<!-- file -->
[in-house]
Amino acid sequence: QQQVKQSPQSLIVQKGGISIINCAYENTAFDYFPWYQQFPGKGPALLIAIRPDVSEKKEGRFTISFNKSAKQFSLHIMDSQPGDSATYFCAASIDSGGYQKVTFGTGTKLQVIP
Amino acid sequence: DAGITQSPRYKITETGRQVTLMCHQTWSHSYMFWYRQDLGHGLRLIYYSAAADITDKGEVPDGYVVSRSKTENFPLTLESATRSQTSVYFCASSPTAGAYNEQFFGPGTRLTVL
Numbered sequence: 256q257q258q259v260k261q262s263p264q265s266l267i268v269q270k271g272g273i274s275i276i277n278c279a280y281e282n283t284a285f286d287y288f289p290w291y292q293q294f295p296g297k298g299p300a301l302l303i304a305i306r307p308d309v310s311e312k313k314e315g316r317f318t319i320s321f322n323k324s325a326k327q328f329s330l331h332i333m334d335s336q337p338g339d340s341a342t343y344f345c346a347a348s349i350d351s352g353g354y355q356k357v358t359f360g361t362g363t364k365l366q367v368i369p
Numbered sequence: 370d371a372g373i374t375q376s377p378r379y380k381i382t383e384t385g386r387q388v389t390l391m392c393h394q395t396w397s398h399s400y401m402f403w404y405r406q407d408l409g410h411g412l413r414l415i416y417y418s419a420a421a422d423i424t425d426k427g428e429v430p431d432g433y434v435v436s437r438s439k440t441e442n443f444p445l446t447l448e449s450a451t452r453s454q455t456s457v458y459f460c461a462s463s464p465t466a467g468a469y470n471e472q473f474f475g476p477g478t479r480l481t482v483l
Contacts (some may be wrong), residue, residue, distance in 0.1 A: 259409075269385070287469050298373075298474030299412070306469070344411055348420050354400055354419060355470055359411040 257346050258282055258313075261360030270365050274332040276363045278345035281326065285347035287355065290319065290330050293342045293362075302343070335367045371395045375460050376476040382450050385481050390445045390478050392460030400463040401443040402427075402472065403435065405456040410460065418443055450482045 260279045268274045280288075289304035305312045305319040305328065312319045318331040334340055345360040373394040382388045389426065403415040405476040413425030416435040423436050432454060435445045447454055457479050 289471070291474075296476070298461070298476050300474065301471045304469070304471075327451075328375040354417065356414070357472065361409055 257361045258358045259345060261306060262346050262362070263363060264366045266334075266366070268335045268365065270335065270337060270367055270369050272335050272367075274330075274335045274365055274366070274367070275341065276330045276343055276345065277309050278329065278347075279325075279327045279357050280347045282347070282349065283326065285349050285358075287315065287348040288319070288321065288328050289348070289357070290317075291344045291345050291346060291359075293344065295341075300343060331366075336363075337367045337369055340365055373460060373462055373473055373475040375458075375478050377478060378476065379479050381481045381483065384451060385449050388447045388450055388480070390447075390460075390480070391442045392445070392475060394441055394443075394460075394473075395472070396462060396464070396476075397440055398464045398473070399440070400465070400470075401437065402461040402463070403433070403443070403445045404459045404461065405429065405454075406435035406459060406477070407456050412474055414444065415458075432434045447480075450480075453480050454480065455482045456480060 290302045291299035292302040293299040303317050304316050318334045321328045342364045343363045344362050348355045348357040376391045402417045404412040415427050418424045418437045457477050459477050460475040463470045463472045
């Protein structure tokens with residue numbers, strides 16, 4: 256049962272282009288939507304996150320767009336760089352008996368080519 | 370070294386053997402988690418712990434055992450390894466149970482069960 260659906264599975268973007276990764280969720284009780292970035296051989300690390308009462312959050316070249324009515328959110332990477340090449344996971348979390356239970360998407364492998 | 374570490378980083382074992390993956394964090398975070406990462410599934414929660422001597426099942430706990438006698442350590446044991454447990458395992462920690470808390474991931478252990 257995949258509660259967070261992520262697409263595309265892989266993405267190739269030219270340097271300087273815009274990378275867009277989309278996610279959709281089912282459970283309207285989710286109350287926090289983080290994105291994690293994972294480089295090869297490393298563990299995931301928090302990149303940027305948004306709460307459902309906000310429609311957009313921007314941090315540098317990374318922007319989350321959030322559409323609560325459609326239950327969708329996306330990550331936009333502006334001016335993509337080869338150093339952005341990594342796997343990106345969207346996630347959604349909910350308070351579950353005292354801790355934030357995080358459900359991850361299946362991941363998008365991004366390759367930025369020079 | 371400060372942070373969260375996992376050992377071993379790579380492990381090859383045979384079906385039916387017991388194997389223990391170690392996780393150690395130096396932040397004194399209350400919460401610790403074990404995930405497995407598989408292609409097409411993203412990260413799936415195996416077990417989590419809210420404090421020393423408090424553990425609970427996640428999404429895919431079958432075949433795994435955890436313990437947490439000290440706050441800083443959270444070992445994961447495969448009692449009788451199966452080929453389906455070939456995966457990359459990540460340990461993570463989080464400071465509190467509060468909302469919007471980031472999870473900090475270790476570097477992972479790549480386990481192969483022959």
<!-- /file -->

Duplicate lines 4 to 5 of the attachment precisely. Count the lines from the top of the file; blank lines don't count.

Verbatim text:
Numbered sequence: 256q257q258q259v260k261q262s263p264q265s266l267i268v269q270k271g272g273i274s275i276i277n278c279a280y281e282n283t284a285f286d287y288f289p290w291y292q293q294f295p296g297k298g299p300a301l302l303i304a305i306r307p308d309v310s311e312k313k314e315g316r317f318t319i320s321f322n323k324s325a326k327q328f329s330l331h332i333m334d335s336q337p338g339d340s341a342t343y344f345c346a347a348s349i350d351s352g353g354y355q356k357v358t359f360g361t362g363t364k365l366q367v368i369p
Numbered sequence: 370d371a372g373i374t375q376s377p378r379y380k381i382t383e384t385g386r387q388v389t390l391m392c393h394q395t396w397s398h399s400y401m402f403w404y405r406q407d408l409g410h411g412l413r414l415i416y417y418s419a420a421a422d423i424t425d426k427g428e429v430p431d432g433y434v435v436s437r438s439k440t441e442n443f444p445l446t447l448e449s450a451t452r453s454q455t456s457v458y459f460c461a462s463s464p465t466a467g468a469y470n471e472q473f474f475g476p477g478t479r480l481t482v483l